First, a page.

Fast Facts on the Regulatory Burden

Fast Facts: The Regulatory Burden

  • The estimated cost of federal regulations in the United States is $1.806 trillion annually, a figure that amounts to 11.6 percent of the U.S. gross domestic product (GDP).[1]
  • In 2013 alone, federal regulators imposed an additional $112 billion in indirect costs to the economy.[2] In addition, the paperwork burden rose to 10.38 billion hours, an increase of 157.9 million hours from 2012.[3]
  • At the end of 2013 the Obama Administration had over 4,000 new regulations in the pipeline, with more than 200 of them considered to be “economically significant.”[4]
  • The Code of Federal Regulations now stands at 174,545 pages, compared to 22,877 pages in 1960.[5]
  • The regulatory cost per household totals $14,67823.2 percent of the national average family income.[6] 
  • With more than $87 billion in proposed rules likely to be finalized this year, the regulatory burden will only continue to grow.[7]  In fact, the American Action Forum estimates that $143 billion in new regulations could be finalized in 2014.[8]
  • Americans believe that the Administration’s regulatory agenda is detrimental.  A survey conducted in December by the Center for Regulatory Solutions found that 70 percent of Americans believe that regulations “mostly hurt” the American economy and 67 percent believe they mostly hurt America’s competitiveness.[9]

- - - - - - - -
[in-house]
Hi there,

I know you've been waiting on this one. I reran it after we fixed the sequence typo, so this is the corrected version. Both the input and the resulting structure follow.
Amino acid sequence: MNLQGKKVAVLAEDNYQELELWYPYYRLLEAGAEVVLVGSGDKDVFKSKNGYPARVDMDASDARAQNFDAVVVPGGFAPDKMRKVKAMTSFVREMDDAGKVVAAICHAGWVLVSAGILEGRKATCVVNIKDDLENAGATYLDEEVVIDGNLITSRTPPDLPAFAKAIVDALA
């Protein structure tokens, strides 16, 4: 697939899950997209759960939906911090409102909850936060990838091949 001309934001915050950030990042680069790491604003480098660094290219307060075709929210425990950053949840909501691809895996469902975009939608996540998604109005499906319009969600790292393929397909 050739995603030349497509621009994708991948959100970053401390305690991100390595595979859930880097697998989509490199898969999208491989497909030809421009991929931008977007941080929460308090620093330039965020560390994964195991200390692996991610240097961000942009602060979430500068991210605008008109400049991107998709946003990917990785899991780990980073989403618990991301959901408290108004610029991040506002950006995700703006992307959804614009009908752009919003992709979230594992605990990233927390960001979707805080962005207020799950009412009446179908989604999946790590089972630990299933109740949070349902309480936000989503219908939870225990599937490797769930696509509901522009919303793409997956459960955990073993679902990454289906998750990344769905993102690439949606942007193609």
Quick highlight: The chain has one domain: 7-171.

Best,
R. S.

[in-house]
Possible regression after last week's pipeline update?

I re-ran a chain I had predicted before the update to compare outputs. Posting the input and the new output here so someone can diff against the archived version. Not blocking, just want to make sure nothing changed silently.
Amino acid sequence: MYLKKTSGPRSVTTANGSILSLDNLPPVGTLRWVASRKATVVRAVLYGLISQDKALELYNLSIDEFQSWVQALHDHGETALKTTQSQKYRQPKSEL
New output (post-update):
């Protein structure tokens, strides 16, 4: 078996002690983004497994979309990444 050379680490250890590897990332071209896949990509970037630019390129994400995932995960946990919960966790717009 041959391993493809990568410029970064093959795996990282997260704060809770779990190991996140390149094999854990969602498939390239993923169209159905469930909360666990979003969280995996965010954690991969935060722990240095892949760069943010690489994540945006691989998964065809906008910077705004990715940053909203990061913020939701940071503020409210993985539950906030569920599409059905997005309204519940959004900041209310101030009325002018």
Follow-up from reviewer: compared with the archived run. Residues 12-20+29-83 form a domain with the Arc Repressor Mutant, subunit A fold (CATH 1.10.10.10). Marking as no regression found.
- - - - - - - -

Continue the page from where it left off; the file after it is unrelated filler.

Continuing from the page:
• Moreover, 66 percent of Americans said regulations hurt entrepreneurs and small businesses, while 66 percent also said that they hurt American workers.[10]
  • 72 percent of Americans believe that regulations are created in a “closed, secretive process,” and 68 percent of Americans believe that regulations are created by “out of touch people.”[11]

[1] Clyde Wayne Crews Jr., 2013: Ten Thousand Commandments, Competitive Enterprise Instituteat 2.

[2] Sam Batkins, A Regulatory Flurry: The Year in Regulation, 2013, American Action Forum (Jan. 8, 2014).

[3] Batkins, A Regulatory Flurry, American Action Forum.

[4] Note: For a regulation to be “economically significant,” it carries a regulatory burden on the economy of $100 million or more.  See: The Regulated State of the Union, The Center For Regulatory Solutions (Jan. 2014), p. 1.

[5] Id. at 1.

[7] Id.

[8] Sam Batkins, Inside the Administration’s Fall 2013 Regulatory Agenda, American Action Forum (Dec. 6, 2013).

[9] The Regulated State of the Union, The Center For Regulatory Solutions (Jan. 2014), p. 4.

[10] Id. at 4.

[11] Id. at 3.